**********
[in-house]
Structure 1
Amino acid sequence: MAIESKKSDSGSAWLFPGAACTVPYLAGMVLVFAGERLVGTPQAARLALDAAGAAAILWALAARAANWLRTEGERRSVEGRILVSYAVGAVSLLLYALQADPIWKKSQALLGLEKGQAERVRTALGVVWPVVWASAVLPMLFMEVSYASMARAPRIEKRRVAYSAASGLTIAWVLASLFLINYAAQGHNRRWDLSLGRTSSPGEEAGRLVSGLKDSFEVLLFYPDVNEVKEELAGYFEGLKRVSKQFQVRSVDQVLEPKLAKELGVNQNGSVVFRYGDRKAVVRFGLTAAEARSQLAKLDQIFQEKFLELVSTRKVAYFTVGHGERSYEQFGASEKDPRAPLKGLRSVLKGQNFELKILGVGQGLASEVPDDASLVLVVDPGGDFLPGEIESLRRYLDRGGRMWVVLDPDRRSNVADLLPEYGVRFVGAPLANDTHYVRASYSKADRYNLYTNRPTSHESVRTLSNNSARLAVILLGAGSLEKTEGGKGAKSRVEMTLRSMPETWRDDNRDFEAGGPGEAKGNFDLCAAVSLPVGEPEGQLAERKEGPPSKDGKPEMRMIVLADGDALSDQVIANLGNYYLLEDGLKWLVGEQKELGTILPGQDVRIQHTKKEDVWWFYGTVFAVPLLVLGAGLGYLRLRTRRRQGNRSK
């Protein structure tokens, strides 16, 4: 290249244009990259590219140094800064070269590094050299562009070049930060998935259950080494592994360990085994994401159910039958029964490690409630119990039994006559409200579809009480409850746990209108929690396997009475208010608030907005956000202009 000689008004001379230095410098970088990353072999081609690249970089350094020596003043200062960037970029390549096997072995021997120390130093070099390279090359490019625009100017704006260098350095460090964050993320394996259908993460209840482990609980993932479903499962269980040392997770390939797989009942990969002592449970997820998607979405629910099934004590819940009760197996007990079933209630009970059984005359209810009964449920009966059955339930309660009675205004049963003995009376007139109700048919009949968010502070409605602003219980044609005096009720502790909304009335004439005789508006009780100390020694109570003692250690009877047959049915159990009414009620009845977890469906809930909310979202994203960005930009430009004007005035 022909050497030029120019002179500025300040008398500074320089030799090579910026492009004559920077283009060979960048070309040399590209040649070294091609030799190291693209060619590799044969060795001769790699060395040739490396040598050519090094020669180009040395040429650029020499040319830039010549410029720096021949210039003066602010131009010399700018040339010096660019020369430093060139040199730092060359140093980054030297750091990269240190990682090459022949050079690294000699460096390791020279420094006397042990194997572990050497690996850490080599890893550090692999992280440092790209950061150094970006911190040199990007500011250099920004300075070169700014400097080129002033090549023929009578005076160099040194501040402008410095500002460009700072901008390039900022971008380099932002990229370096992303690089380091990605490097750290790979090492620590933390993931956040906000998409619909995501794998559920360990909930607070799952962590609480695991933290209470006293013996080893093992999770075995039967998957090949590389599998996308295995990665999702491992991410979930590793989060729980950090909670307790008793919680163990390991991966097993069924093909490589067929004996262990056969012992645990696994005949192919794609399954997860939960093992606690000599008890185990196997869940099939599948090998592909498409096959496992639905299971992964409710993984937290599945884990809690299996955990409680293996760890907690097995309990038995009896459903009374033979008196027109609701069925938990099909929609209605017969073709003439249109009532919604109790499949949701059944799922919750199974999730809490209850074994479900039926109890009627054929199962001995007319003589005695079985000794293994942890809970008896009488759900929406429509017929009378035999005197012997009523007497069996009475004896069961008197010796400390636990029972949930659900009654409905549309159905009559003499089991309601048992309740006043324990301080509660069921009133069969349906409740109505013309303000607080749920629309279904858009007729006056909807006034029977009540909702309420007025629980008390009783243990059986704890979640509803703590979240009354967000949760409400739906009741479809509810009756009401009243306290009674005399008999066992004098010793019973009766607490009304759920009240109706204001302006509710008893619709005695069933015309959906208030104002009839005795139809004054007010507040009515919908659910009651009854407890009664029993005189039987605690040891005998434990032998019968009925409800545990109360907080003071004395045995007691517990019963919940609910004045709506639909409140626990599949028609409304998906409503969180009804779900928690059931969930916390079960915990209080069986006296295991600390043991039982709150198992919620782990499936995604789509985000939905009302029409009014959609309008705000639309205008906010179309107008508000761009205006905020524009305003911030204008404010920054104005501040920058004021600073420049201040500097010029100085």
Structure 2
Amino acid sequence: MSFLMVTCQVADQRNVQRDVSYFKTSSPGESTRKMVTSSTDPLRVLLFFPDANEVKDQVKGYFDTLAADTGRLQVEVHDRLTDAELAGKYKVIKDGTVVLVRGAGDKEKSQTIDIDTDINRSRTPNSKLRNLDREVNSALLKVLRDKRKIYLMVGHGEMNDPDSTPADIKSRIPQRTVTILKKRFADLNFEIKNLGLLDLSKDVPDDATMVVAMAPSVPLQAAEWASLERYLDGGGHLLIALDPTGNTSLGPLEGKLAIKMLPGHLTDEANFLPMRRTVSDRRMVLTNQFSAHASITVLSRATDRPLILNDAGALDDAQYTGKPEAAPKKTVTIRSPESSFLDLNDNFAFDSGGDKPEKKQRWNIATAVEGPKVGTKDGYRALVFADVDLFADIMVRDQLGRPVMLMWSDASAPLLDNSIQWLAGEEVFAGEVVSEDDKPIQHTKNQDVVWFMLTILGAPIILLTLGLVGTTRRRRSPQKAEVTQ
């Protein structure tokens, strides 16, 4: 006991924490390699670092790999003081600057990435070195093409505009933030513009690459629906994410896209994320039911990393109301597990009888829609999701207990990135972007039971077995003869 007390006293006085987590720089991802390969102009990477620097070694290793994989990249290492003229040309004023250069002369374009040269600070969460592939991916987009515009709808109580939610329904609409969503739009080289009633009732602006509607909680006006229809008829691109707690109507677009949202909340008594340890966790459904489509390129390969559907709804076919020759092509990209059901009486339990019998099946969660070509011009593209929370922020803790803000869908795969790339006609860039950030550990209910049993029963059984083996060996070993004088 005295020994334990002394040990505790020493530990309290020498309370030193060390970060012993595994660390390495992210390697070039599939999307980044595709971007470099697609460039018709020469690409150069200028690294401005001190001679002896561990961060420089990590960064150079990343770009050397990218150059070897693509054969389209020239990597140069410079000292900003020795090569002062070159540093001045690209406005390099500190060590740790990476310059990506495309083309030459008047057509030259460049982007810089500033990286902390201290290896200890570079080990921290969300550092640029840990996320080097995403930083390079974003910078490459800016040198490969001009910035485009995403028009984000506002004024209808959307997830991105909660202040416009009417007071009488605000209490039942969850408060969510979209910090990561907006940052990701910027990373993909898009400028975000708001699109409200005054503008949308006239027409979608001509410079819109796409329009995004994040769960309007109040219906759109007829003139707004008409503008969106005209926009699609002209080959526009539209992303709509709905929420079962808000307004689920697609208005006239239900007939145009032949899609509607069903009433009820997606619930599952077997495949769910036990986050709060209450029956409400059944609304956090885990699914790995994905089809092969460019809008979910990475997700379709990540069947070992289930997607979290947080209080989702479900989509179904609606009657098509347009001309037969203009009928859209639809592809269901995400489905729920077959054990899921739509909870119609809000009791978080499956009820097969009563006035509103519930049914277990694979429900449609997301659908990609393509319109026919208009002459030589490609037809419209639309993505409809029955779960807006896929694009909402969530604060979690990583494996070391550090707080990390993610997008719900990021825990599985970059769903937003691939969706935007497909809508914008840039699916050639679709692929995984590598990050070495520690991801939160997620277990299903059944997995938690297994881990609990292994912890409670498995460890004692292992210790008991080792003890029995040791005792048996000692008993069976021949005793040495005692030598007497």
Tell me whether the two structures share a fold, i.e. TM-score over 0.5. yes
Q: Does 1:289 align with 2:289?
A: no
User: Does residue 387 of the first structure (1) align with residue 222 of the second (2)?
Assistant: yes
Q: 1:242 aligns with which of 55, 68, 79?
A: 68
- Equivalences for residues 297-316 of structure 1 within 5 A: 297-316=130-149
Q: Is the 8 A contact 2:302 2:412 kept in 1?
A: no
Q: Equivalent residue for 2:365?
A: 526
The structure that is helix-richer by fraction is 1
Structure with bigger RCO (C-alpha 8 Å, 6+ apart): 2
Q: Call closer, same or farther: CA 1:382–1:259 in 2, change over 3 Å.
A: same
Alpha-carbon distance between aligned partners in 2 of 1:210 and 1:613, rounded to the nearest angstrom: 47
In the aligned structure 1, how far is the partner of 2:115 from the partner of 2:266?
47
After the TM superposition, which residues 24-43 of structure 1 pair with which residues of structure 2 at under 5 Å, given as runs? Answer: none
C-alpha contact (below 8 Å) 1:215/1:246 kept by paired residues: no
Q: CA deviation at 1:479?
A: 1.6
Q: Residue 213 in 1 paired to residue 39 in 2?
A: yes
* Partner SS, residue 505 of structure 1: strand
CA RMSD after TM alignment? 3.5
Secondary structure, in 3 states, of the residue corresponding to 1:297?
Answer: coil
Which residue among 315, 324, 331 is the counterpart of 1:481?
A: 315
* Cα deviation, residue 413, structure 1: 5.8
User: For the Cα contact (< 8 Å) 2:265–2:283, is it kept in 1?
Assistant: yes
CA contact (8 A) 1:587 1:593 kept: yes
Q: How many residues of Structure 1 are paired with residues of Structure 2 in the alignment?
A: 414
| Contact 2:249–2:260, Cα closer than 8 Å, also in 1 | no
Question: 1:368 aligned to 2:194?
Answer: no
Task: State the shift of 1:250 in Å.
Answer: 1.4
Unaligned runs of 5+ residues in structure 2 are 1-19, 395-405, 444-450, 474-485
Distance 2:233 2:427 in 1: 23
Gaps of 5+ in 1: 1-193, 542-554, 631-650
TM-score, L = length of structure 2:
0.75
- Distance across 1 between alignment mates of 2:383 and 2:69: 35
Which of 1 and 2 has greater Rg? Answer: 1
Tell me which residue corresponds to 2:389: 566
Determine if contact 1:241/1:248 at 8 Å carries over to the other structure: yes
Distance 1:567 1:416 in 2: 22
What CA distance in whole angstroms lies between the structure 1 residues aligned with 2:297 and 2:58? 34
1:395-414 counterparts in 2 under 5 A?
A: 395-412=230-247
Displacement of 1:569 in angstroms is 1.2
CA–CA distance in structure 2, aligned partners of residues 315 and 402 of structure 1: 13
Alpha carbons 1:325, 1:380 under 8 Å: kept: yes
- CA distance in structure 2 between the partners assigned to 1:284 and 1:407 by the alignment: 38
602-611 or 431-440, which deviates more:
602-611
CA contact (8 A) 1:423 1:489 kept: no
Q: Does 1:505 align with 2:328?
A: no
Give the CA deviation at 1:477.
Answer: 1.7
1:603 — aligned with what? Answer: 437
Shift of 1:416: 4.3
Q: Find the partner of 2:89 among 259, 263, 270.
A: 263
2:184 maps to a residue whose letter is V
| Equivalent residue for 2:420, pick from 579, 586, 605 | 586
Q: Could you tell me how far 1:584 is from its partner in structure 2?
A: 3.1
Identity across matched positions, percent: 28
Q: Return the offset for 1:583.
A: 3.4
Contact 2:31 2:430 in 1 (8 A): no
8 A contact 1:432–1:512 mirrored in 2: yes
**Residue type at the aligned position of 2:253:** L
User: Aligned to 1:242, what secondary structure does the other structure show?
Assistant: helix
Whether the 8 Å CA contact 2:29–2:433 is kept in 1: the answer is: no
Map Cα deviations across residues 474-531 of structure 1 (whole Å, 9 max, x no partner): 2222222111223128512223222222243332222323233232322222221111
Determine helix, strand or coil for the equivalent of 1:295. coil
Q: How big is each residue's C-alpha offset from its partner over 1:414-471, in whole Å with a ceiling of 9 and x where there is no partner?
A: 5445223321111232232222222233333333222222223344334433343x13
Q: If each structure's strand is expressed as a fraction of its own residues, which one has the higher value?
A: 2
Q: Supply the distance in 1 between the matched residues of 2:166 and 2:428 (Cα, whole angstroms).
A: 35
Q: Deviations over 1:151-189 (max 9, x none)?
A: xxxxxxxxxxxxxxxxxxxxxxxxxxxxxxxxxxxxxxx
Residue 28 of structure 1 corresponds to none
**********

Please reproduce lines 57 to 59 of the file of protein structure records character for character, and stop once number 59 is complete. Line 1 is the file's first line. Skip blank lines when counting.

Tell me which residue corresponds to 2:389: 566
Determine if contact 1:241/1:248 at 8 Å carries over to the other structure: yes
Distance 1:567 1:416 in 2: 22